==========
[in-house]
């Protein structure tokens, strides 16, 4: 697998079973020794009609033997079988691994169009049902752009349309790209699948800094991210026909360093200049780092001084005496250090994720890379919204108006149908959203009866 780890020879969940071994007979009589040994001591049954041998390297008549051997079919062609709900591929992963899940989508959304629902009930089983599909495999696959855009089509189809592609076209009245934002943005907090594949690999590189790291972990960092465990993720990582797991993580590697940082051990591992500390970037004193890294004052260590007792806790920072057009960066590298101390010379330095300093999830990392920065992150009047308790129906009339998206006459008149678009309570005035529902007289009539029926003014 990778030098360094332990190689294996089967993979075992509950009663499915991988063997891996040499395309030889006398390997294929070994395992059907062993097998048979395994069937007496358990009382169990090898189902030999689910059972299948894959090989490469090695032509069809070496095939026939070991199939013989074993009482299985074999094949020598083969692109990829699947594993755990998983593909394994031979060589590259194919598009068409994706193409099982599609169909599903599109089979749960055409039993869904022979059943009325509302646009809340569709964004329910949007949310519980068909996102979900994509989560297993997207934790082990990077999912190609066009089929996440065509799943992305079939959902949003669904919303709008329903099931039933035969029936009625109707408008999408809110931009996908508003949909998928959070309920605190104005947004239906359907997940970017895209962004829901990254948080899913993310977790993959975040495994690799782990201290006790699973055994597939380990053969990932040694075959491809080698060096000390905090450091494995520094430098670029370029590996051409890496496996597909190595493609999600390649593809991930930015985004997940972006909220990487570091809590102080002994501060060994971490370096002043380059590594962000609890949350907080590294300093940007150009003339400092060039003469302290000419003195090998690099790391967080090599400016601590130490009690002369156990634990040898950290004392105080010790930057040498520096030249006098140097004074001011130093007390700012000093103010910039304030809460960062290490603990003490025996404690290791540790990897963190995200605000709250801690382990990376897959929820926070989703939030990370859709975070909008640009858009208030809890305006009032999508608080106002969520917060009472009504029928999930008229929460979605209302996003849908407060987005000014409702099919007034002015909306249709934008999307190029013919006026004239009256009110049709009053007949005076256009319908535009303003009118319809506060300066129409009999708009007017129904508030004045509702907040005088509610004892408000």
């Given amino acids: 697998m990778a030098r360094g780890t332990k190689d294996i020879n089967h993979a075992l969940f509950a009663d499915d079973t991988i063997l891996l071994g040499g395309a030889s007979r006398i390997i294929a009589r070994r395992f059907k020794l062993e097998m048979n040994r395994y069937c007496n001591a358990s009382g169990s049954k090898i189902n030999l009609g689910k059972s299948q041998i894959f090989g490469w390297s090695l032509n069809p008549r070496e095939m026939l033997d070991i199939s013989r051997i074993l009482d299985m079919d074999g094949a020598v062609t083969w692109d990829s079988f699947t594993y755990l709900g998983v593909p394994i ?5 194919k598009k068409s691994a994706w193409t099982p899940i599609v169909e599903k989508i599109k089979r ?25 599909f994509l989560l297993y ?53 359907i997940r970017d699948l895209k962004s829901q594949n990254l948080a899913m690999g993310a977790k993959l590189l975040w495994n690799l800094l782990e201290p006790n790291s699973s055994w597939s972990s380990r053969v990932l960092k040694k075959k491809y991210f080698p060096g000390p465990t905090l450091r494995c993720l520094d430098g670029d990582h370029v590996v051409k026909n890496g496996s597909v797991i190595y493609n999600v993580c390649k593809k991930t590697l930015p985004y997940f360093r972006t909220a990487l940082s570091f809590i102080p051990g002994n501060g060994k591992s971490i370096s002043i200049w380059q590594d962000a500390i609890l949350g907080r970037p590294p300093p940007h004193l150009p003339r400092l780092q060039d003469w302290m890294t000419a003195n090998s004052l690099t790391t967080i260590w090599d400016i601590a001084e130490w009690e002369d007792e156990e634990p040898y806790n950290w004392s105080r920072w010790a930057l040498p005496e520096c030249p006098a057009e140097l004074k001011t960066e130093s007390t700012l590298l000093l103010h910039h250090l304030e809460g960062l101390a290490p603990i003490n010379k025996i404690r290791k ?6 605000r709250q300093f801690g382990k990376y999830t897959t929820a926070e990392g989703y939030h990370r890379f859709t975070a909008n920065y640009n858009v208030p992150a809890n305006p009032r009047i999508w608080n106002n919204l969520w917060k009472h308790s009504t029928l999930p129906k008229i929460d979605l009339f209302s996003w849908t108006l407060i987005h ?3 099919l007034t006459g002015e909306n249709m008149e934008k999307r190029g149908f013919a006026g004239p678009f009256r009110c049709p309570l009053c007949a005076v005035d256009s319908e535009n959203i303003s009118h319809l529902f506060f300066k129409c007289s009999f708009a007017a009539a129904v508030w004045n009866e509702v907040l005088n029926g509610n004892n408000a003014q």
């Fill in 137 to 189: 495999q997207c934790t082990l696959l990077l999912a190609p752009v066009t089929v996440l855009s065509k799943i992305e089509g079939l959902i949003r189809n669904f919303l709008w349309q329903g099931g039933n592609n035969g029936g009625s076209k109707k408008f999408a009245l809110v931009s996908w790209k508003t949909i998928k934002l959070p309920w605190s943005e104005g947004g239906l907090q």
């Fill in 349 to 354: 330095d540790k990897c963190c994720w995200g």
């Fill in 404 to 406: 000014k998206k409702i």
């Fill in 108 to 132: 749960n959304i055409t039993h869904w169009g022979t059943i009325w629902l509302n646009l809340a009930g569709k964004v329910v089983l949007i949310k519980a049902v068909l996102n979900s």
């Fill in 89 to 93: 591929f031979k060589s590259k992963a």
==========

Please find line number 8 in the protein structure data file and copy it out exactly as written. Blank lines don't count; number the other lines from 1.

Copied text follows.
């Fill in 89 to 93: 591929f031979k060589s590259k992963a």